For a few seconds, the pangolin lay unmoving. Then it twitched once, twice before clambering to its feet and shaking a few stray leaves off its back. Curling its front paws, the scaly anteater balanced its weight on its hind legs to hunch over like a crippled old man. The pangolin took a step forward and lifted its head. One look at Kecil, and it fell on its side and curled into a ball with its tiny nose tucked under its tail.
Kecil chuffed at the pangolin, which looked like an inconspicuous lump of dried mud to an unaware passerbyer, but her amusement was cut short when a flash of orange emerged from a bush. It batted the pangolin and sent the balled creature crashing into a tree.
Kecil cowered and wished she could hide in her own tight ball of armor as the shape gave form to a tiger. The newcomer roared so fierce, the sound vibrated through her body. Its mouth gaped, brandishing long yellow incisors. As small as she was, Kecil had no doubt the big cat would crush her in its jaws if it came to a fight.
She inched backward, and the tiger took a less aggressive posture before rising and transforming into her kinsman, Gemuk. The last of his fur faded, and he cracked his neck from side to side before focusing on her. “Get up.”
Heart still pounding from the shock of being taken off guard, Kecil clung to her feline form.
Gemuk took a step forward. “Now!”
Instinctually, she jerked back, gathered herself to spring.
Gemuk’s eyes narrowed, and his upper lip lifted ever so slightly.
Kecil hesitated. Flee or fight—either choice shrouded her in hopelessness, but if her life was in the claws of Gemuk, she would face him head on rather than flee as a coward.
Shifting as she rose, she tried to control her trembling and calm her stuttering heart. She stood as straight as a bamboo stalk and dared to meet his eyes. “This is my father’s land.”
Gemuk stepped closer, encroaching on her, forcing her to crane her head to meet his eyes. “That washed up cat? He couldn’t defend his territory when needed, what makes you think he can now?”
“He’s doing circuits.” Even to her ears, her response was hollow, too hasty.
Gemuk cocked his head to the side then smiled, the expression cold and hard as he turned eyes the color of dark urine to her. “Seems he’s moved on to more important areas.”
Kecil stepped back, but Gemuk grabbed her forearm and jerked her into him. The smell of sweat and dirt overpowered her as he held her against his clammy chest.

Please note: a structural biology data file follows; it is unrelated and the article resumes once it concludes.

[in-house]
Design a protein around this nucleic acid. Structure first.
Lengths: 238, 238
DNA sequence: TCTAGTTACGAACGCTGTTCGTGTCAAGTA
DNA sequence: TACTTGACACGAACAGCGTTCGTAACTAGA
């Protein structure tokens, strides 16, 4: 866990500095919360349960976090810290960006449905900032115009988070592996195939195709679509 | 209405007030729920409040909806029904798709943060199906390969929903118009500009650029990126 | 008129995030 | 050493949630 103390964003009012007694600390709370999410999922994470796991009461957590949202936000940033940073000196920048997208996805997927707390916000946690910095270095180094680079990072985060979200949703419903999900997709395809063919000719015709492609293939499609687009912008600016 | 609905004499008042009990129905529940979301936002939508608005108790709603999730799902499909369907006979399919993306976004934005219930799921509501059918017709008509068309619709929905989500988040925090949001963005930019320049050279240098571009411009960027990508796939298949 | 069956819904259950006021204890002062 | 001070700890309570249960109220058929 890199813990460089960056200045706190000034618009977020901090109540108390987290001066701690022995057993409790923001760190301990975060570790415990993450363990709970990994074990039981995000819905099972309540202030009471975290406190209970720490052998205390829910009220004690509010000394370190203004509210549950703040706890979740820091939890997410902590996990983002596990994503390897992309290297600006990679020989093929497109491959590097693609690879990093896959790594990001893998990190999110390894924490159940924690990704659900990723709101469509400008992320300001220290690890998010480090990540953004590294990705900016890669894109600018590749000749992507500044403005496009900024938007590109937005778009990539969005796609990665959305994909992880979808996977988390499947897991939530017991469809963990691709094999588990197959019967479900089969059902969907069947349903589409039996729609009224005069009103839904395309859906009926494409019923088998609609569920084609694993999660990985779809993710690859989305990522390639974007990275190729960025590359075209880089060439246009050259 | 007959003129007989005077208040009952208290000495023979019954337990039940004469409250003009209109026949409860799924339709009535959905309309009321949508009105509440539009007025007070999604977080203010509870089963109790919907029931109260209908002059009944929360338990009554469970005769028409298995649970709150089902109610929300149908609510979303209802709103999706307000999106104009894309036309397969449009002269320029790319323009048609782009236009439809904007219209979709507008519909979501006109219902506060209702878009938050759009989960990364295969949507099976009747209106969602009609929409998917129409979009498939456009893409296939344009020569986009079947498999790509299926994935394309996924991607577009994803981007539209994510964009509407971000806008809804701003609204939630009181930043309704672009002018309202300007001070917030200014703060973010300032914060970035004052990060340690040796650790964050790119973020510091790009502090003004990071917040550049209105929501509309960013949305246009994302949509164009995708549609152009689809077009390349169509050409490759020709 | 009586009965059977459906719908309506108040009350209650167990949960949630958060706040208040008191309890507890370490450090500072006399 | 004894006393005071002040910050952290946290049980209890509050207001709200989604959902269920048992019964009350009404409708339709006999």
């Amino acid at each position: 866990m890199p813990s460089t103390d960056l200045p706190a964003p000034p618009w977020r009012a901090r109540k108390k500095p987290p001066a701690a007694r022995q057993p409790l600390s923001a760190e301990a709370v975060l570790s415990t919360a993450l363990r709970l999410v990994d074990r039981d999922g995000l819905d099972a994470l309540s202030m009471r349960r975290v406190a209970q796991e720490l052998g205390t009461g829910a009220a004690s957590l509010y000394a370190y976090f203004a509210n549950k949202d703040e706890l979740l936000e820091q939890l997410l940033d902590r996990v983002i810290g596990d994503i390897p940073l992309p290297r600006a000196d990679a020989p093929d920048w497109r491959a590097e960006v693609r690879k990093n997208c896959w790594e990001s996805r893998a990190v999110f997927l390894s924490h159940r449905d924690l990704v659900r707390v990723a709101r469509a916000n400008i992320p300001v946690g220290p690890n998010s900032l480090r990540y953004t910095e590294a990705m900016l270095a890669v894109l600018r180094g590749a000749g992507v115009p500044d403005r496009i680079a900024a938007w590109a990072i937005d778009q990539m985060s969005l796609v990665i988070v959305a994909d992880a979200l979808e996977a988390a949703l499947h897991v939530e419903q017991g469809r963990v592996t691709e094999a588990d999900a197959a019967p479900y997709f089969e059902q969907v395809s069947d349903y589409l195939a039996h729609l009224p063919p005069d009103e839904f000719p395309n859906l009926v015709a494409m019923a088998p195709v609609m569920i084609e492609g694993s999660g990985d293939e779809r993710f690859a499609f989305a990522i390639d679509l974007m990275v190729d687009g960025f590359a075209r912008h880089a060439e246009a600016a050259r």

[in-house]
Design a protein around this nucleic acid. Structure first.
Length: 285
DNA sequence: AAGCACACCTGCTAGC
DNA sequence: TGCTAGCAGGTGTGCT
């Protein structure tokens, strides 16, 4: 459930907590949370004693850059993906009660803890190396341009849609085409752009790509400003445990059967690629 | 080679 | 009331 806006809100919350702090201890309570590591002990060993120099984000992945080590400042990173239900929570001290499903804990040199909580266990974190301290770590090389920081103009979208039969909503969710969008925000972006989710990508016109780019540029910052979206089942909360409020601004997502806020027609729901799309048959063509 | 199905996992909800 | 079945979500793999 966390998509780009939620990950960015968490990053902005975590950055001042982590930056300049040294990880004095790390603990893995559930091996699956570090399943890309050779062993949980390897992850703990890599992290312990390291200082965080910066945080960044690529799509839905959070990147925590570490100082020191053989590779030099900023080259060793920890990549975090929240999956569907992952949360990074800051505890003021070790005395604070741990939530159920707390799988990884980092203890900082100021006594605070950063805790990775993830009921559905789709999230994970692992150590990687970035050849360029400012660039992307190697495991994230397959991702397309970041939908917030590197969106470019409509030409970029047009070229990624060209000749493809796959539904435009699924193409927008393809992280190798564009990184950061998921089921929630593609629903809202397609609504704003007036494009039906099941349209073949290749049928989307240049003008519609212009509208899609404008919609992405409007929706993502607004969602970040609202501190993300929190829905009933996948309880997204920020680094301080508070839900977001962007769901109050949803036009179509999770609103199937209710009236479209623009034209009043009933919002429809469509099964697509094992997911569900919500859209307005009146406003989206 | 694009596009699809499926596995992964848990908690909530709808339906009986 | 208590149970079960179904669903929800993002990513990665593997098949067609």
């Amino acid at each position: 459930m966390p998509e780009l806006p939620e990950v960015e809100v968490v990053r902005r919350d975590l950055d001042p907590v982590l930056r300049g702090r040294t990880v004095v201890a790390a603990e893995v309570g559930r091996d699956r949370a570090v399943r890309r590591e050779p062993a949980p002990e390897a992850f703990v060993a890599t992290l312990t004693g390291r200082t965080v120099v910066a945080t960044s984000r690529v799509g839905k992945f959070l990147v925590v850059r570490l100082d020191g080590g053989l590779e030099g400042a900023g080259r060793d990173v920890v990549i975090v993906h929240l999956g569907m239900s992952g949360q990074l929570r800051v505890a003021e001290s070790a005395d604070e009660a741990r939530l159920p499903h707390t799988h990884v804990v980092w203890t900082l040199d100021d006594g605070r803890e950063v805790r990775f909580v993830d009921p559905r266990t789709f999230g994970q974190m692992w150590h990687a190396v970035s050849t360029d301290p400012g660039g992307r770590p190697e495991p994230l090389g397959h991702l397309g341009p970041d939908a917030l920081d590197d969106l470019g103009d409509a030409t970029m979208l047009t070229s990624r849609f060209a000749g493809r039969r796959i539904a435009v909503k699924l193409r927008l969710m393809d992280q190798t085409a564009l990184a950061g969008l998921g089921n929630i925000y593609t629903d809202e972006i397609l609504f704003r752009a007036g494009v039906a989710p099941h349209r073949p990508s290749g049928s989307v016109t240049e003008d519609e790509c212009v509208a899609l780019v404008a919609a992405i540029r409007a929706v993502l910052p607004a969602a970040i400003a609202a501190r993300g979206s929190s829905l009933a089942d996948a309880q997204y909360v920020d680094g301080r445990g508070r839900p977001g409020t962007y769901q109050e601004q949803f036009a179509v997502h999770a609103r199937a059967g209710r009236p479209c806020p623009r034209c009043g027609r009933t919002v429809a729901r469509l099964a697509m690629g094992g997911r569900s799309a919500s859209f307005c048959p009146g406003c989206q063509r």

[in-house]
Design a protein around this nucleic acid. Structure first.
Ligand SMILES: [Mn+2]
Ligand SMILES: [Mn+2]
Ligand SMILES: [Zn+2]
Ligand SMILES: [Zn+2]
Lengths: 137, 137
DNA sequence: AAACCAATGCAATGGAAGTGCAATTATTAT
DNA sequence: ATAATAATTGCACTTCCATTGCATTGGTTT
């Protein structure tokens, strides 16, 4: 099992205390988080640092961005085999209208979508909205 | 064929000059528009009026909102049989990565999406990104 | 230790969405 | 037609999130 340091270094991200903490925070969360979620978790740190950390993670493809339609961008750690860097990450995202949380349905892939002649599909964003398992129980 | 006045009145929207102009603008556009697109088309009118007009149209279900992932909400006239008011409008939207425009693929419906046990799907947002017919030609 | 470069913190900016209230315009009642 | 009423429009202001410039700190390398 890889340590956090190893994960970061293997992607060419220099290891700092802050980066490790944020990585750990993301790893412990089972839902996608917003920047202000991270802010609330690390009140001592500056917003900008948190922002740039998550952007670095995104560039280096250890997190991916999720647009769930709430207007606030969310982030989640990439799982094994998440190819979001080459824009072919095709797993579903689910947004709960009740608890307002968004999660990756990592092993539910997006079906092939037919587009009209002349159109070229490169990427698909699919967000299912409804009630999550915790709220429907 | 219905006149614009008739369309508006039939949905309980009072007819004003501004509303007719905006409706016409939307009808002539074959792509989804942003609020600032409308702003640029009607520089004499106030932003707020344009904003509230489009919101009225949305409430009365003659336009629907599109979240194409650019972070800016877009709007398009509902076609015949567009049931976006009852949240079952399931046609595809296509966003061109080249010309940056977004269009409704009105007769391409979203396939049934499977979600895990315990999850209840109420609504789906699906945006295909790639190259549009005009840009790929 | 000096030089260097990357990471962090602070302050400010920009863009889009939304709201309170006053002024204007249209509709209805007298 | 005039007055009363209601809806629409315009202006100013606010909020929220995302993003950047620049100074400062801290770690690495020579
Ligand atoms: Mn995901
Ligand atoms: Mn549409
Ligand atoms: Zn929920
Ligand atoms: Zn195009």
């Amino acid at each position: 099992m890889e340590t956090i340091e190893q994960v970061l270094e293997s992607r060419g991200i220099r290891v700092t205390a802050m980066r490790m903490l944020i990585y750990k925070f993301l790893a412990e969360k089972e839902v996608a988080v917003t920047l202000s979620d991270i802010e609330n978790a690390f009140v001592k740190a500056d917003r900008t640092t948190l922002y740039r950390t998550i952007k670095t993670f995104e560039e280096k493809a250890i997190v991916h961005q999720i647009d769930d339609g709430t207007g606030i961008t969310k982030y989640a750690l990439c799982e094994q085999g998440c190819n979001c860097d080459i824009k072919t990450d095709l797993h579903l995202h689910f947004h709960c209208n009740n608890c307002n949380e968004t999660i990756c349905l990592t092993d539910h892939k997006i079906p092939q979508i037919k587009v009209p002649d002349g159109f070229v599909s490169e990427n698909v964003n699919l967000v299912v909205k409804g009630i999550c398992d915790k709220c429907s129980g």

“It’s time you choose a mate.” He bent his head to her. His mouth open and a foul odor like ripened jackfruit escaped from the gaping hole.
Kecil turned her head from the stench baring down on her and cringed as his wet lips slurped against her cheek and his tongue slithered from her jaw to hairline. She pushed at him. “Don’t.”
His grip on her arm only tightened until her hand numbed from lack of circulation. “You may go when I’m finished.”
Kecil bit back a cry as Gemuk angled her arm downward so she had no choice to crouch then kneel at his feet. The cloth of his loincloth bulged in her face and failed to hide his arousal.
“Great Spirit help me,” she whispered. Tears welled and blurred her vision.
Gemuk laughed, and the sound raised the hairs on the back of her neck.
“A runt like you would never be worthy of the Great Spirit’s atten—.”
A catlike screech filled the air, followed by Teman landing on Gemuk’s head. Kecil pulled free as Teman scratched and drew thin lines of blood wherever his talons struck. His tail coiled around Gemuk’s neck, tightening like a python.
Gemuk clawed at his throat. His eyes bulged even as his fangs lengthened and his skin darkened to orange.
“No!” Kecil jumped to her feet and swiped at Gemuk’s face. An audible rip filled the air as her claws met flesh and bone.
Gemuk screamed, and Teman scrambled down head first, leaving tiny puncture wounds as he used Gemuk’s skin for traction. The binturong wasted no time shimmying up the nearest tree and disappearing into the foliage.
Kecil stood paralyzed, unable to pull her eyes away from Gemuk’s rent flesh. From right brow to the opposite chin, blood welled from three deep gashes.
Gemuk’s hand flew to his ragged eye and hovered as if he was afraid to touch his ruined face. “I’ll make you suffer.”